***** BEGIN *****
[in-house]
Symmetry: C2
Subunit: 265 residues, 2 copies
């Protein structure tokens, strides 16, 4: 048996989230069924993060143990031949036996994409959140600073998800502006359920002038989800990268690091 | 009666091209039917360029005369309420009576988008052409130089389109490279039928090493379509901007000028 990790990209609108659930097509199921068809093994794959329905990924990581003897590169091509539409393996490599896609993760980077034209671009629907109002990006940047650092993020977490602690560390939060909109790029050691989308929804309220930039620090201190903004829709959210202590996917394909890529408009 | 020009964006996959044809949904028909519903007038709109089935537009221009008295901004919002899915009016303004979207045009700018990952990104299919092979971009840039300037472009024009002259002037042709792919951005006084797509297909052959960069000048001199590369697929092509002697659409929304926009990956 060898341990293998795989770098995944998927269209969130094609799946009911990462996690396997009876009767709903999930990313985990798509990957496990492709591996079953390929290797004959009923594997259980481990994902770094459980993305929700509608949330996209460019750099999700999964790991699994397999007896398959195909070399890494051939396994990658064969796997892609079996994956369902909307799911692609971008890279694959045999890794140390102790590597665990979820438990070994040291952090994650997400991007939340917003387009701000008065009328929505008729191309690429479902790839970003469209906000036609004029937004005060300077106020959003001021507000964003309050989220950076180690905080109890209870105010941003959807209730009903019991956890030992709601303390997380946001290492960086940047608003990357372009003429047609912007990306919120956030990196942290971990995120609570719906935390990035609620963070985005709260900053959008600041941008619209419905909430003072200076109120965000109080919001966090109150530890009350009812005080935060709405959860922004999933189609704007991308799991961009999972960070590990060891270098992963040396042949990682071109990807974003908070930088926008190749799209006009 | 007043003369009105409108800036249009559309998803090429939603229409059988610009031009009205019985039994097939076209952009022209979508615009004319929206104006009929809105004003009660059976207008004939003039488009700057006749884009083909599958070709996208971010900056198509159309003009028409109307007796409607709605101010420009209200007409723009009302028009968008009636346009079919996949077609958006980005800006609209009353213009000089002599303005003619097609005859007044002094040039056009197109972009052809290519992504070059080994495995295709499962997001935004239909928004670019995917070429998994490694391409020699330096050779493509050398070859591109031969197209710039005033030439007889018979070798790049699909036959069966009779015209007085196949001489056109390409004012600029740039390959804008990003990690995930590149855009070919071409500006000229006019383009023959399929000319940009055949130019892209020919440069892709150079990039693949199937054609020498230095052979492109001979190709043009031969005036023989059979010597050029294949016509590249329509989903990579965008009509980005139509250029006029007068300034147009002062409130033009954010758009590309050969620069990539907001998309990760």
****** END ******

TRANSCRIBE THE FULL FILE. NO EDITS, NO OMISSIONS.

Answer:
[in-house]
Symmetry: C2
Subunit: 265 residues, 2 copies
């Protein structure tokens, strides 16, 4: 048996989230069924993060143990031949036996994409959140600073998800502006359920002038989800990268690091 | 009666091209039917360029005369309420009576988008052409130089389109490279039928090493379509901007000028 990790990209609108659930097509199921068809093994794959329905990924990581003897590169091509539409393996490599896609993760980077034209671009629907109002990006940047650092993020977490602690560390939060909109790029050691989308929804309220930039620090201190903004829709959210202590996917394909890529408009 | 020009964006996959044809949904028909519903007038709109089935537009221009008295901004919002899915009016303004979207045009700018990952990104299919092979971009840039300037472009024009002259002037042709792919951005006084797509297909052959960069000048001199590369697929092509002697659409929304926009990956 060898341990293998795989770098995944998927269209969130094609799946009911990462996690396997009876009767709903999930990313985990798509990957496990492709591996079953390929290797004959009923594997259980481990994902770094459980993305929700509608949330996209460019750099999700999964790991699994397999007896398959195909070399890494051939396994990658064969796997892609079996994956369902909307799911692609971008890279694959045999890794140390102790590597665990979820438990070994040291952090994650997400991007939340917003387009701000008065009328929505008729191309690429479902790839970003469209906000036609004029937004005060300077106020959003001021507000964003309050989220950076180690905080109890209870105010941003959807209730009903019991956890030992709601303390997380946001290492960086940047608003990357372009003429047609912007990306919120956030990196942290971990995120609570719906935390990035609620963070985005709260900053959008600041941008619209419905909430003072200076109120965000109080919001966090109150530890009350009812005080935060709405959860922004999933189609704007991308799991961009999972960070590990060891270098992963040396042949990682071109990807974003908070930088926008190749799209006009 | 007043003369009105409108800036249009559309998803090429939603229409059988610009031009009205019985039994097939076209952009022209979508615009004319929206104006009929809105004003009660059976207008004939003039488009700057006749884009083909599958070709996208971010900056198509159309003009028409109307007796409607709605101010420009209200007409723009009302028009968008009636346009079919996949077609958006980005800006609209009353213009000089002599303005003619097609005859007044002094040039056009197109972009052809290519992504070059080994495995295709499962997001935004239909928004670019995917070429998994490694391409020699330096050779493509050398070859591109031969197209710039005033030439007889018979070798790049699909036959069966009779015209007085196949001489056109390409004012600029740039390959804008990003990690995930590149855009070919071409500006000229006019383009023959399929000319940009055949130019892209020919440069892709150079990039693949199937054609020498230095052979492109001979190709043009031969005036023989059979010597050029294949016509590249329509989903990579965008009509980005139509250029006029007068300034147009002062409130033009954010758009590309050969620069990539907001998309990760």